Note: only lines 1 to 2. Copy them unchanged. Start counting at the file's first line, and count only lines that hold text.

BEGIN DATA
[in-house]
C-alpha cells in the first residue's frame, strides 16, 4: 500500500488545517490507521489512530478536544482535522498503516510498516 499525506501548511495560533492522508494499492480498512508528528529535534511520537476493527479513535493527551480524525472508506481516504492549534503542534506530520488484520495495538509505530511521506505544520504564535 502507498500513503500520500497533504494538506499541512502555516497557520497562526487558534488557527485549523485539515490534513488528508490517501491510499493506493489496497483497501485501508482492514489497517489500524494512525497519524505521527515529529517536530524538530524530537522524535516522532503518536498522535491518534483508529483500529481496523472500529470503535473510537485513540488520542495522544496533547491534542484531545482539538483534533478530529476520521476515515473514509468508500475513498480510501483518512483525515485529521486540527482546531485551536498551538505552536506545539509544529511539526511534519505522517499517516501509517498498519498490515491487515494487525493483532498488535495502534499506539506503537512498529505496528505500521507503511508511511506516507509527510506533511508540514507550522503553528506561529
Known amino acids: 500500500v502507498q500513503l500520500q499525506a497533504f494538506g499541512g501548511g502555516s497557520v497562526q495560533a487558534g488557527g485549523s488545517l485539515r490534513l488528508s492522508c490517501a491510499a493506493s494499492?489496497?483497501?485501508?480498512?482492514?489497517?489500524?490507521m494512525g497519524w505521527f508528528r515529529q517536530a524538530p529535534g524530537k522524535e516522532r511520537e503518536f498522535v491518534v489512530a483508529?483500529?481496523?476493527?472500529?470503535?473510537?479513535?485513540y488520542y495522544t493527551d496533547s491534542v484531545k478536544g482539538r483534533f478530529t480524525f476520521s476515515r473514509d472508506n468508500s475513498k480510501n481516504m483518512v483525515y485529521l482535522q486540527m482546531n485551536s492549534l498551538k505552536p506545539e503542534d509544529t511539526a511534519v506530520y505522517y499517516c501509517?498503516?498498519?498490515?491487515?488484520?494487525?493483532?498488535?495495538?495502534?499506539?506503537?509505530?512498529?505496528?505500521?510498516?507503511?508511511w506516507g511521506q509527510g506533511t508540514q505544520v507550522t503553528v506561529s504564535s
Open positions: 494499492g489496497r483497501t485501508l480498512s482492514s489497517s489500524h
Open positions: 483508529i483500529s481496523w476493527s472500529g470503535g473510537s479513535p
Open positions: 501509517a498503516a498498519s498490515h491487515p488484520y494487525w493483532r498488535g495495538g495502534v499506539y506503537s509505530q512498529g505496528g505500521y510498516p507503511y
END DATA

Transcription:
[in-house]
C-alpha cells in the first residue's frame, strides 16, 4: 500500500488545517490507521489512530478536544482535522498503516510498516 499525506501548511495560533492522508494499492480498512508528528529535534511520537476493527479513535493527551480524525472508506481516504492549534503542534506530520488484520495495538509505530511521506505544520504564535 502507498500513503500520500497533504494538506499541512502555516497557520497562526487558534488557527485549523485539515490534513488528508490517501491510499493506493489496497483497501485501508482492514489497517489500524494512525497519524505521527515529529517536530524538530524530537522524535516522532503518536498522535491518534483508529483500529481496523472500529470503535473510537485513540488520542495522544496533547491534542484531545482539538483534533478530529476520521476515515473514509468508500475513498480510501483518512483525515485529521486540527482546531485551536498551538505552536506545539509544529511539526511534519505522517499517516501509517498498519498490515491487515494487525493483532498488535495502534499506539506503537512498529505496528505500521507503511508511511506516507509527510506533511508540514507550522503553528506561529